First, two notes about this document:

  • Remember that this set of best practices is only a starting point. Needs and accommodations vary from person to person and can vary greatly even between people with similar disabilities. Moreover, someone’s needs may change over time. Use these ideas/ principles as a springboard for action while also engaging in ongoing conversations about accessibility and inclusion.
  • Inclusion and accessibility themselves are ongoing processes. People's needs and out understanding are always evolving, so make sure to communicate that you are willing to discuss how to make your class or the department more accessible to and inclusive of people with disabilities. Explicitly open the door and make space for people with disabilities to speak for themselves in a welcoming, supportive, and (if appropriate) private environment.

Resources at Rutgers:

  • Office of Disability Services ( , This email address is being protected from spambots. You need JavaScript enabled to view it., (848) 202-3111)

Best practices:

  • If someone looks like they need help, don't shy away from offering your help. But make sure to ask before you start helping. Ask what kind of help would be most useful; don't assume you already know. You will sometimes make mistakes in helping, but don't let this discourage you from offering help in the future.
  • Use people-first language.
    • "People-first language is used to communicate appropriately and respectfully with and about an individual with a disability. People-first language emphasizes the person first, not the disability. For example, when referring to a person with a disability, refer to the person first, by using phrases such as 'a person who...' 'a person with...' or 'person who has..."' (Communicating With and About People with Disabilities)
  • Remember that ability differences can impact people's work schedules and availability, and be mindful of the expectations that you create when discussing your work habits.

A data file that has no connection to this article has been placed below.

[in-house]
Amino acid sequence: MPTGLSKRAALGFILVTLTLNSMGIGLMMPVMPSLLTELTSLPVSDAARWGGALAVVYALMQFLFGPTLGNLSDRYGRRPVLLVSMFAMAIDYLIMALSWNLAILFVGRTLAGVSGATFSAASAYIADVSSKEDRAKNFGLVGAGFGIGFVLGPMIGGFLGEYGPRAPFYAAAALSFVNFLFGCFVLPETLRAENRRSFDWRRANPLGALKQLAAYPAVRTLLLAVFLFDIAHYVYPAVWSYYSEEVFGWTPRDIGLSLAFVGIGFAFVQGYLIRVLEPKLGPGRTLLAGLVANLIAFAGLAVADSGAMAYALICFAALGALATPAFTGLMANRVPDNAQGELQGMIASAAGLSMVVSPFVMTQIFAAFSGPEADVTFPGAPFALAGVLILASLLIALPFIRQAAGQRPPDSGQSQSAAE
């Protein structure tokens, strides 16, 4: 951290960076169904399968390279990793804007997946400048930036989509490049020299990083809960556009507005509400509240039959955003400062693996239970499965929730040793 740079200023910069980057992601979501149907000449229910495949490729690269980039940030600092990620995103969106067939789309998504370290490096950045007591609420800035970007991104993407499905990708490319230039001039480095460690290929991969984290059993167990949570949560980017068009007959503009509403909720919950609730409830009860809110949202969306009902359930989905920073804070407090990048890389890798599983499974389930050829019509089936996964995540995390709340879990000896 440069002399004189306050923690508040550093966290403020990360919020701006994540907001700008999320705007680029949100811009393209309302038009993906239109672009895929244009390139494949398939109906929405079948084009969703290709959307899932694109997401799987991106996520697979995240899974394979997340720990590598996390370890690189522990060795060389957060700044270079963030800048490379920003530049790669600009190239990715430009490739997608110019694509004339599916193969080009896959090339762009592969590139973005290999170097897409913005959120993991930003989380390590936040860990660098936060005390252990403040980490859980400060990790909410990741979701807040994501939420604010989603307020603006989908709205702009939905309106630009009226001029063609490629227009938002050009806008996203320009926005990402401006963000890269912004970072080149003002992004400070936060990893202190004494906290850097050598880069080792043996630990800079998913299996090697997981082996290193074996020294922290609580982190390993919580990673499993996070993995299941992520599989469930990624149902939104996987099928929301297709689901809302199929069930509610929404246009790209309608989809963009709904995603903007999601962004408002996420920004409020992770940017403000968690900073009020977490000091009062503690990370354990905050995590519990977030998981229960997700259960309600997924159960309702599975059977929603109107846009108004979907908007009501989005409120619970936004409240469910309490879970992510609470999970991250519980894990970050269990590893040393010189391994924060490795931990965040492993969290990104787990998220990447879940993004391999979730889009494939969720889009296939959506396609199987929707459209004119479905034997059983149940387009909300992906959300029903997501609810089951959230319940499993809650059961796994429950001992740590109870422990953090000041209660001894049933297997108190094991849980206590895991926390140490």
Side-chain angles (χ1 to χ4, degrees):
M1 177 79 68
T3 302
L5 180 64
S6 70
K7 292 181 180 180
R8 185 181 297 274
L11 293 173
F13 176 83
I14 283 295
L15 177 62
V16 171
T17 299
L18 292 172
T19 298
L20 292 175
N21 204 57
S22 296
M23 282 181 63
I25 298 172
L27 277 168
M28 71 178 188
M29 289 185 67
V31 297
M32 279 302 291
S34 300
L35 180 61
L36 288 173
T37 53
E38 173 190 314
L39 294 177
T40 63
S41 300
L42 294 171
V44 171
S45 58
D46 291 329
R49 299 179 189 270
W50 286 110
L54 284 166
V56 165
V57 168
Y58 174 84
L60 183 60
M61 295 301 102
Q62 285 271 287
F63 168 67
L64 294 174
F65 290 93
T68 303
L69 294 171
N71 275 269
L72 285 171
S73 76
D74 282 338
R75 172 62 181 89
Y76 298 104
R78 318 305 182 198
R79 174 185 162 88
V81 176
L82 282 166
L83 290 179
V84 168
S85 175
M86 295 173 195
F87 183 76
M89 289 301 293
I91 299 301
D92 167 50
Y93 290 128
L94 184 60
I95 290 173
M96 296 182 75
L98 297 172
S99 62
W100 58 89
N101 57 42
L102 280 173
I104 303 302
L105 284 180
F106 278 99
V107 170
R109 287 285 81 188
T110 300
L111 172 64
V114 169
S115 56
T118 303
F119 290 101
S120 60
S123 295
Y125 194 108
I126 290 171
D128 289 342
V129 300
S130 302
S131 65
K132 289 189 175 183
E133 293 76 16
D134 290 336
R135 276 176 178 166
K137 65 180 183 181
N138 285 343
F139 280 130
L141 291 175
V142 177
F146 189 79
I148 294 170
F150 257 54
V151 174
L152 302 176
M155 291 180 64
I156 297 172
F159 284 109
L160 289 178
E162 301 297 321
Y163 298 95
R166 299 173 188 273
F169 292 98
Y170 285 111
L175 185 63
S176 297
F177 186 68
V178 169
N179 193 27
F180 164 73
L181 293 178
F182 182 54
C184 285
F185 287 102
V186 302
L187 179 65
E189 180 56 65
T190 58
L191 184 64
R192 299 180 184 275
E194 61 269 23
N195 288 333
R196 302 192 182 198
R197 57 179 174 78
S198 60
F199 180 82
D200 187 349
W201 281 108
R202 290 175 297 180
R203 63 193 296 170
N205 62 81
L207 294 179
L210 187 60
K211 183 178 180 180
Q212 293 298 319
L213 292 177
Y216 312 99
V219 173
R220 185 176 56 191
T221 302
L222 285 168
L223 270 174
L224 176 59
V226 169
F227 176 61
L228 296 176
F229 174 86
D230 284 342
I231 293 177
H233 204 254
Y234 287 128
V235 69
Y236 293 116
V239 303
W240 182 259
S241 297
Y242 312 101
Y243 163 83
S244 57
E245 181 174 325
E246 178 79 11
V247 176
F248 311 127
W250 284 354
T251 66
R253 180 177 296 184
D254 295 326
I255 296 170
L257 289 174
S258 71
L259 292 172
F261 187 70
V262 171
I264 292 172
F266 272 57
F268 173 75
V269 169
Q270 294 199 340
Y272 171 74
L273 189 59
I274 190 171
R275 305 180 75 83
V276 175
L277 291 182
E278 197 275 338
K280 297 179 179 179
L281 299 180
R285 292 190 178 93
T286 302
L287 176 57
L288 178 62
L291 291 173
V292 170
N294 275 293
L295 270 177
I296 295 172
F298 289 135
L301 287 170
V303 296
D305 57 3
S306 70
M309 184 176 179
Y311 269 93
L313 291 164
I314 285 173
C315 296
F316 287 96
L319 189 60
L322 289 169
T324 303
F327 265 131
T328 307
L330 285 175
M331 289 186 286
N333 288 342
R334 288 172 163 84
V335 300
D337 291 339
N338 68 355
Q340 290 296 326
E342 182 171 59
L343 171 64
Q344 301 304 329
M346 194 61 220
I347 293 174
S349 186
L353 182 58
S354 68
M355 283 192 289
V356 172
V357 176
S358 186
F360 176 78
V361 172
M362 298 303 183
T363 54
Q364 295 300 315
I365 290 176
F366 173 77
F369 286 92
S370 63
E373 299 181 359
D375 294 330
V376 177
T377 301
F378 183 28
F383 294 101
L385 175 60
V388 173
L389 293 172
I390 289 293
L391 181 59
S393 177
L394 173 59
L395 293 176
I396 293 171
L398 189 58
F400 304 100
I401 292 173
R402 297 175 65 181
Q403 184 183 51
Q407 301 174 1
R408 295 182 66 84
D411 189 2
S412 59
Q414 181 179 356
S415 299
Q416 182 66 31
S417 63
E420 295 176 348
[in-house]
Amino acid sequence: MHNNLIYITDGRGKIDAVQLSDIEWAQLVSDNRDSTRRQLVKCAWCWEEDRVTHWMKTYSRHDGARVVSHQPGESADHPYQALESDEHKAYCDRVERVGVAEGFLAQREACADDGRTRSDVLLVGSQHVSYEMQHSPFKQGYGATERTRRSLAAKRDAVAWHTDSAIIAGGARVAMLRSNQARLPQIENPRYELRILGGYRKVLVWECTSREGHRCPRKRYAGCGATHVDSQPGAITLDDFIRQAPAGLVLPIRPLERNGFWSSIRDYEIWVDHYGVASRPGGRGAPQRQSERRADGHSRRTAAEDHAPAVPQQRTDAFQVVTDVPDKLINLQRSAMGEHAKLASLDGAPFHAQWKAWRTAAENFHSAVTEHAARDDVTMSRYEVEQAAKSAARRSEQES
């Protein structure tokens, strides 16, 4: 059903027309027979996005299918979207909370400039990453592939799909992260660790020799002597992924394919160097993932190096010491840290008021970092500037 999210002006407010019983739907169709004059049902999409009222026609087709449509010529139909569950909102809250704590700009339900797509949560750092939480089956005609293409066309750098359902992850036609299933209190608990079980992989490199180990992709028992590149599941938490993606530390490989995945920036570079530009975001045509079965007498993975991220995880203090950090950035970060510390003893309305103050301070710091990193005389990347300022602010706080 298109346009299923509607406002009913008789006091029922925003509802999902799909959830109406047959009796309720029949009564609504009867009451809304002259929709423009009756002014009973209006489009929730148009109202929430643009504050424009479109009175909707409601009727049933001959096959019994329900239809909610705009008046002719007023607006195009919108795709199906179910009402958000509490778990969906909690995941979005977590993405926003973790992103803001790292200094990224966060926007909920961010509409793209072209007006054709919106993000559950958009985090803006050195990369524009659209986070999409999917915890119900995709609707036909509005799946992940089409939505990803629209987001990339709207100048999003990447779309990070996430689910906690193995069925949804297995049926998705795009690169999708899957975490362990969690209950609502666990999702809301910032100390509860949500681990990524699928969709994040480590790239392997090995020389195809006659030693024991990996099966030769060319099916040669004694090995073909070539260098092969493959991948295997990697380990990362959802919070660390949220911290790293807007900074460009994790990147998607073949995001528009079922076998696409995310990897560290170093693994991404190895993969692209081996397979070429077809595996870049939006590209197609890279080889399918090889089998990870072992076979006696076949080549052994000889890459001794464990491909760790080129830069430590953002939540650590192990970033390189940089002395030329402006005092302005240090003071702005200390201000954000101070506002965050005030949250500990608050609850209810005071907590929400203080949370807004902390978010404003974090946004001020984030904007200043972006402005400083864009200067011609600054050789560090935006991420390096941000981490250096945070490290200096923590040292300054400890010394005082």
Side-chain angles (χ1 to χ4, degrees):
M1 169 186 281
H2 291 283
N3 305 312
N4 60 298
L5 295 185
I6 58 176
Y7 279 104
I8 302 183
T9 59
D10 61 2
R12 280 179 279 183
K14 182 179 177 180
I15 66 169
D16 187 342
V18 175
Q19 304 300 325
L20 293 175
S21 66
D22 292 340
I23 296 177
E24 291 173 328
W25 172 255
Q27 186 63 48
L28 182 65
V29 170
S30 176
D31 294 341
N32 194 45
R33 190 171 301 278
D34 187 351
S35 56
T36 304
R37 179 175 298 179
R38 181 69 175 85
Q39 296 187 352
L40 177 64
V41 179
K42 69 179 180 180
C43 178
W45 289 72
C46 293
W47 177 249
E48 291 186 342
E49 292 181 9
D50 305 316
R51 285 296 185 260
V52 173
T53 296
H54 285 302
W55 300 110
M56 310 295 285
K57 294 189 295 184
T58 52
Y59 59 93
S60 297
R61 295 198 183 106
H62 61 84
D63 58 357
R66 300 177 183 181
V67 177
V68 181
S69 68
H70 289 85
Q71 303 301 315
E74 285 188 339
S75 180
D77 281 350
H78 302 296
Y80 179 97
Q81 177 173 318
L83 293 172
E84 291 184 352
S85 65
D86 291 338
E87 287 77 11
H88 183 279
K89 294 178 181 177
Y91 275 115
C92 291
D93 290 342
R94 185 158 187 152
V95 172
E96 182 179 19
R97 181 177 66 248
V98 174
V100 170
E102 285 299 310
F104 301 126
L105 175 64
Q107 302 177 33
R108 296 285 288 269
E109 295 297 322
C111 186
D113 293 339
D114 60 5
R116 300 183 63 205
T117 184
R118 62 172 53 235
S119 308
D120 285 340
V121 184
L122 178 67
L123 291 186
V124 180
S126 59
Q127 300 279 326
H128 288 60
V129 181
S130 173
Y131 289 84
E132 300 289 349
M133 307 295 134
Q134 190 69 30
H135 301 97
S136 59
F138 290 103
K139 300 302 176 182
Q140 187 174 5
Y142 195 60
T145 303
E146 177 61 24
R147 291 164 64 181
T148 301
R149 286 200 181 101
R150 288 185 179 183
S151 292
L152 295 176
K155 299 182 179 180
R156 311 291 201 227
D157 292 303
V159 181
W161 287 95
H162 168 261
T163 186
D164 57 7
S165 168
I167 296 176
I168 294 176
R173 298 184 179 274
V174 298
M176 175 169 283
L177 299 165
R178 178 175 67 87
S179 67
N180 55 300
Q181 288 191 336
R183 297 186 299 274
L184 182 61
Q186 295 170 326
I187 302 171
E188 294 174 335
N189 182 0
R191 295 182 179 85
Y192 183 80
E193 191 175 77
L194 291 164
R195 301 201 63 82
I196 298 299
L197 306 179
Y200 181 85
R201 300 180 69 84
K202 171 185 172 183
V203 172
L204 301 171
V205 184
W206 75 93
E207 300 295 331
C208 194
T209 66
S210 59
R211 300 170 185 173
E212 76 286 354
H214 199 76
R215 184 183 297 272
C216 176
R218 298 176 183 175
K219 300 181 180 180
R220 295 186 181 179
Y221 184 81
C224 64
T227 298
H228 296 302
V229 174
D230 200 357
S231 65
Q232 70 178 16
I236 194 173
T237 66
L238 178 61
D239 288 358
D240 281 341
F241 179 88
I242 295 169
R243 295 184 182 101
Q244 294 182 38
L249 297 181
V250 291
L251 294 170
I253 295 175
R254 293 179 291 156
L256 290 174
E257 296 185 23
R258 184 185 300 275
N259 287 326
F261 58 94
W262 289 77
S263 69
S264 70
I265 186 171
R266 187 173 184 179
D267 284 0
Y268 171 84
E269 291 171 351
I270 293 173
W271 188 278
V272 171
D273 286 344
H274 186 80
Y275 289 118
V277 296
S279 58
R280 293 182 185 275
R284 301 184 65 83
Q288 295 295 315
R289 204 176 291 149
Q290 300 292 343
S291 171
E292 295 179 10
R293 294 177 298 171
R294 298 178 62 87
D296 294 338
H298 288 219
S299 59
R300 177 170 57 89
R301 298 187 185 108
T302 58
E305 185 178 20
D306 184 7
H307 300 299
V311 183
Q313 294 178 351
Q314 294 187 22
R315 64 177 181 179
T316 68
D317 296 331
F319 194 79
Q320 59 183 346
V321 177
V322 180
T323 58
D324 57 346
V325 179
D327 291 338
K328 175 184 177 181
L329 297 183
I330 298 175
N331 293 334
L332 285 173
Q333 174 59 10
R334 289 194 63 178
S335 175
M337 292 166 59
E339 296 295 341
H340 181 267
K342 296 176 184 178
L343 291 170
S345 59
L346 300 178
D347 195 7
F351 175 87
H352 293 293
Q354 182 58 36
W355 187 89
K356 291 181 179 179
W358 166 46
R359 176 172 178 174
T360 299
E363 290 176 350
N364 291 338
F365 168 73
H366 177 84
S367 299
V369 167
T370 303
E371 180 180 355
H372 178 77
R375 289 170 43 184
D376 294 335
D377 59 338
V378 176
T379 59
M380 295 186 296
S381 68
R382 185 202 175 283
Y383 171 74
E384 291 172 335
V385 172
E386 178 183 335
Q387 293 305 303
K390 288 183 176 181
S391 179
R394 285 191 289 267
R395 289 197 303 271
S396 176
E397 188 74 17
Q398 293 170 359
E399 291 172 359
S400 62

• Encourage participation in department events without assuming that a failure to do so reflects a lack of commitment or interest.
  • When planning an event, pay attention to physical/ digital accessibility. Some questions to ask:
    • Are there accessible pathways of travel to and within the room that are 36inches wide and free of obstructions?
    • Is there a wheelchair-accessible bathroom within one floor of the event location, and an accessible path of travel from the event to this location?
    • Is there an accessible mechanism (e.g. webpage, email, or phone number) through which participants can request accommodations? Is there a point person who is in charge of accommodations?
    • Is the contact information for requesting accommodations mentioned in all the promotional materials (i.e., fliers, posters, website, emails, etc.)?
    • If the event information is available digitally, is the information accessible to screen reader users (i.e., is there actual searchable text, not just images of text)?
  • Pay attention to accessibility in a classroom setting. Here are some ways to do so:
    • Set and maintain the same expectations with respect to quality of work (and, where appropriate, quantity of work) for students with disabilities as you have for other students.
    • Explicitly cultivate a welcoming environment for accommodation requests. One way to do this is to put a section on disability and accommodations on your syllabus, and spend a few moments talking about it on the first day of class as well.
    • Be willing to work with students on the format, length, and quantity of assignments as is appropriate for their particular needs.
    • Help students to advocate for themselves and help connect them to resources on campus (for example, the Rutgers ODS -- contact info above).
    • Be conscious of accessibility best practices on Zoom and other online platforms. Recording meetings, using Zoom's automated captioning tools, describing visual info1mation shown on the screen, and speaking in a noise-free environment are good places to start. The standards of digital accessibility also vary from person to person, so creating a welcoming environment to work with individuals on specific accommodations is especially relevant here.
    • Whenever possible, use accessible word documents and pdfs, i.e., pdfs with metadata and text that you can copy and paste rather than photocopies (accessible document cheat sheets from National Center on Disability and Access to Education, Rutgers' IT Accessibility Initiative resources for online and regular course accessibility and website accessibility).
    • Try to post the book and reading list for your undergraduate courses at least 6 weeks before the term, so that ODS can help students who need access to alternative formats.
    • Understand the limitations of reasonable accommodations, e.g., while you must allow a student with an accommodation to record your classes, you can ask them to sign an agreement to keep the recordings private (see UNC's information about students using recording devices in class.)